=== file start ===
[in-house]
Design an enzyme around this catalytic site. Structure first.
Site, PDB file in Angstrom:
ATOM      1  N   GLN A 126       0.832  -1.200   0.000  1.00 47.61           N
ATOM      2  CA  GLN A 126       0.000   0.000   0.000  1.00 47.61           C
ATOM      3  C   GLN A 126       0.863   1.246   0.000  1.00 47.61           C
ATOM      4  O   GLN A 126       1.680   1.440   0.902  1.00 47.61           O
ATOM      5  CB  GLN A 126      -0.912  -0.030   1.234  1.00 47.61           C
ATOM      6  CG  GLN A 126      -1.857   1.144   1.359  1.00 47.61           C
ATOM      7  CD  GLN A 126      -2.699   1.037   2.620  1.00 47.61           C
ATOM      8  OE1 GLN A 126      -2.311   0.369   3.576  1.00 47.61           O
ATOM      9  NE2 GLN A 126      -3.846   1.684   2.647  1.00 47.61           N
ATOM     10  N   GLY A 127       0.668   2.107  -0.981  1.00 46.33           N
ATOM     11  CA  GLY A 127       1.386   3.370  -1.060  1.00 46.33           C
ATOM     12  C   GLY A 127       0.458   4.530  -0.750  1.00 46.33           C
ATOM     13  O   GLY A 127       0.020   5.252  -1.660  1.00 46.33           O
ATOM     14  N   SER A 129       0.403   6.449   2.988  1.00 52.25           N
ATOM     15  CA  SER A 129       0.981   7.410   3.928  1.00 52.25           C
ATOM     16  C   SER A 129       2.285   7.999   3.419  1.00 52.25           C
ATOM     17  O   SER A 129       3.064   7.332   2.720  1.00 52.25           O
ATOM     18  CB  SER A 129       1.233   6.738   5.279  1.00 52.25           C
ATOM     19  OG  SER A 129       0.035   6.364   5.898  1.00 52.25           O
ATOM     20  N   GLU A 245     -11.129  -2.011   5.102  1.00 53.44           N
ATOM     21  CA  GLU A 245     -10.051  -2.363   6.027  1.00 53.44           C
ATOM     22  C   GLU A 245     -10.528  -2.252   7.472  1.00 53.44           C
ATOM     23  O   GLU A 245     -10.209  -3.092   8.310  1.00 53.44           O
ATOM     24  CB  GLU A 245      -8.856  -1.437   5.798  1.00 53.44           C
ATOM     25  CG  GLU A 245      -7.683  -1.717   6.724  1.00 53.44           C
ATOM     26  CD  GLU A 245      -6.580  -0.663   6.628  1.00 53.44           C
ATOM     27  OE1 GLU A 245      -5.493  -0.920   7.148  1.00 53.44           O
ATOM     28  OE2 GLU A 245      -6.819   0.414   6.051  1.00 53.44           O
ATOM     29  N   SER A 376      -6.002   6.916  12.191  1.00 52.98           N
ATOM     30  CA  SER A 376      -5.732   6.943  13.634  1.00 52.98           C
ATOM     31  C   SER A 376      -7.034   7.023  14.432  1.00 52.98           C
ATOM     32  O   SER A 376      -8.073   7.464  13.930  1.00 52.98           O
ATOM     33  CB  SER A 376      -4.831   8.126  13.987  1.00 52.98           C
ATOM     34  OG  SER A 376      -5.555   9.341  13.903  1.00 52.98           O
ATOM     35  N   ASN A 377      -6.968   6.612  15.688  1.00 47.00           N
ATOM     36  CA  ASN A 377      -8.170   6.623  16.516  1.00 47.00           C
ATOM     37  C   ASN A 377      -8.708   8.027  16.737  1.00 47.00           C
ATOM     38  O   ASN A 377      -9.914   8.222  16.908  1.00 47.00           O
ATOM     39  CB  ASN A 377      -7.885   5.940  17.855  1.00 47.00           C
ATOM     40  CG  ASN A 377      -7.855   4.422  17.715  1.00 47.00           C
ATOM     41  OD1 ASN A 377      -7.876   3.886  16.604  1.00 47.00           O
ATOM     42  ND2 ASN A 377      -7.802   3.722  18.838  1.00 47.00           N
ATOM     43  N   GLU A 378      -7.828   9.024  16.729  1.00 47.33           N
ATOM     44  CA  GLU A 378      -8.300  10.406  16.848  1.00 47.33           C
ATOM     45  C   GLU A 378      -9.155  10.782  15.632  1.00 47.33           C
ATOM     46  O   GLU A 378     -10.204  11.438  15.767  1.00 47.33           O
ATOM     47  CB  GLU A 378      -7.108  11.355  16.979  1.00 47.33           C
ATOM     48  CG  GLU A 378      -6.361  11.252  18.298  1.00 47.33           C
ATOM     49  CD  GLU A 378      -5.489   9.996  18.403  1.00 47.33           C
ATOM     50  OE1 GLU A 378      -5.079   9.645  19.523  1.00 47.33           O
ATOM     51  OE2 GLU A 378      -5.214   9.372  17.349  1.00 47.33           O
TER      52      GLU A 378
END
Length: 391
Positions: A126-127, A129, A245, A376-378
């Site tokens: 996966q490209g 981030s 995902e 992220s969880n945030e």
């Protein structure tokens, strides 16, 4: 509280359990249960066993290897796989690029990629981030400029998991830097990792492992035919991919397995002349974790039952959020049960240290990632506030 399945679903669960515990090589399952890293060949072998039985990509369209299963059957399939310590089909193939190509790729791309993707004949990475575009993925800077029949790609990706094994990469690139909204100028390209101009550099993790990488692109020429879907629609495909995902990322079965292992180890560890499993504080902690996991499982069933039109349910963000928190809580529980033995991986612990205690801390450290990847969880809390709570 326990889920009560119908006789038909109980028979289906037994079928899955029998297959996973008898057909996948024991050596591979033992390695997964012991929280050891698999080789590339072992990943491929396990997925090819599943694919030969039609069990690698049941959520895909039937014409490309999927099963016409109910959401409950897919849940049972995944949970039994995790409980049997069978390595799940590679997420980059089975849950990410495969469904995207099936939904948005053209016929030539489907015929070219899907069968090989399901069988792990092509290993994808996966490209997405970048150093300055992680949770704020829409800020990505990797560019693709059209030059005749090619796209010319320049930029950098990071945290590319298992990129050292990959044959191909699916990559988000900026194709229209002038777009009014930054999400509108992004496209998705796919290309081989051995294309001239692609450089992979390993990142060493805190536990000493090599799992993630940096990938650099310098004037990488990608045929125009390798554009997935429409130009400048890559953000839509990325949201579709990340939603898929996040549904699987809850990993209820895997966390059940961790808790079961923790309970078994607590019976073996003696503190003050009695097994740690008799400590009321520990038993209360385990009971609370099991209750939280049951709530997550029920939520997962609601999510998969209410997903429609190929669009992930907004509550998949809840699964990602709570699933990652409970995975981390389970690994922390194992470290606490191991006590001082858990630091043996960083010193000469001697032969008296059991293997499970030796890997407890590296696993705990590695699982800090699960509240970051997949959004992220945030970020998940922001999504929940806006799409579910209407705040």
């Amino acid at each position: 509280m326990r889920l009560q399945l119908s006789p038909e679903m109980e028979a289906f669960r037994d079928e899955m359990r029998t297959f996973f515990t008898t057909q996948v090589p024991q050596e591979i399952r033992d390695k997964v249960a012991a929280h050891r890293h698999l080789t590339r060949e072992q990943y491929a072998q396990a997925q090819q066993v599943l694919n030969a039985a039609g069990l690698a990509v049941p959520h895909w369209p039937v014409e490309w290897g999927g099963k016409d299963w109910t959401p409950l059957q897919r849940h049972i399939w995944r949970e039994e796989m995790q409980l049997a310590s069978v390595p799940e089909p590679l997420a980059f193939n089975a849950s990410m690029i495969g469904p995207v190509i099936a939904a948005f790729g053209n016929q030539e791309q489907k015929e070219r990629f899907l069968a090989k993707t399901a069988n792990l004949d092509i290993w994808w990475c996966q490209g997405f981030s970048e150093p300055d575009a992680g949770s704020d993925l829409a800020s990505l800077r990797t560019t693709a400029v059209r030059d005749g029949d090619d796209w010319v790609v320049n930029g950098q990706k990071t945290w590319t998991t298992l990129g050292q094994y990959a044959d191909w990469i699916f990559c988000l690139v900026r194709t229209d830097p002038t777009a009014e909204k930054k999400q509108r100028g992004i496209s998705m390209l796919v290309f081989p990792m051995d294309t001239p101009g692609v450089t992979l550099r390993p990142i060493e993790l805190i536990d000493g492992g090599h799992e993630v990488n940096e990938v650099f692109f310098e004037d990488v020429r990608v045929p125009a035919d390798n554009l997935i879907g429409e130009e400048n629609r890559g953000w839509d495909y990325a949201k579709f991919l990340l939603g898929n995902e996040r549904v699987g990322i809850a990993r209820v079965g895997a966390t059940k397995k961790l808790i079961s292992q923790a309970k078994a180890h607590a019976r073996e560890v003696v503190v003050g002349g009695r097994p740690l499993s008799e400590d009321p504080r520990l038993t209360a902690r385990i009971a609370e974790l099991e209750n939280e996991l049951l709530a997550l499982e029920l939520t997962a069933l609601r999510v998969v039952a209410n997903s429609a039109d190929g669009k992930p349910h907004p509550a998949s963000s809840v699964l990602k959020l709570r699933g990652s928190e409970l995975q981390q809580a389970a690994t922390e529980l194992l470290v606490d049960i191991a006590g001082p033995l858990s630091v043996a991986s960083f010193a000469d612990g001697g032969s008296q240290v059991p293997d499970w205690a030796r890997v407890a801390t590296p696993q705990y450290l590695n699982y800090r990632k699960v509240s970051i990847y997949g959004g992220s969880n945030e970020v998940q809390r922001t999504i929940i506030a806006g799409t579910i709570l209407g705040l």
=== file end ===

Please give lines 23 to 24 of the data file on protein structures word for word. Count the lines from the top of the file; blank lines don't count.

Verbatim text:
ATOM     20  N   GLU A 245     -11.129  -2.011   5.102  1.00 53.44           N
ATOM     21  CA  GLU A 245     -10.051  -2.363   6.027  1.00 53.44           C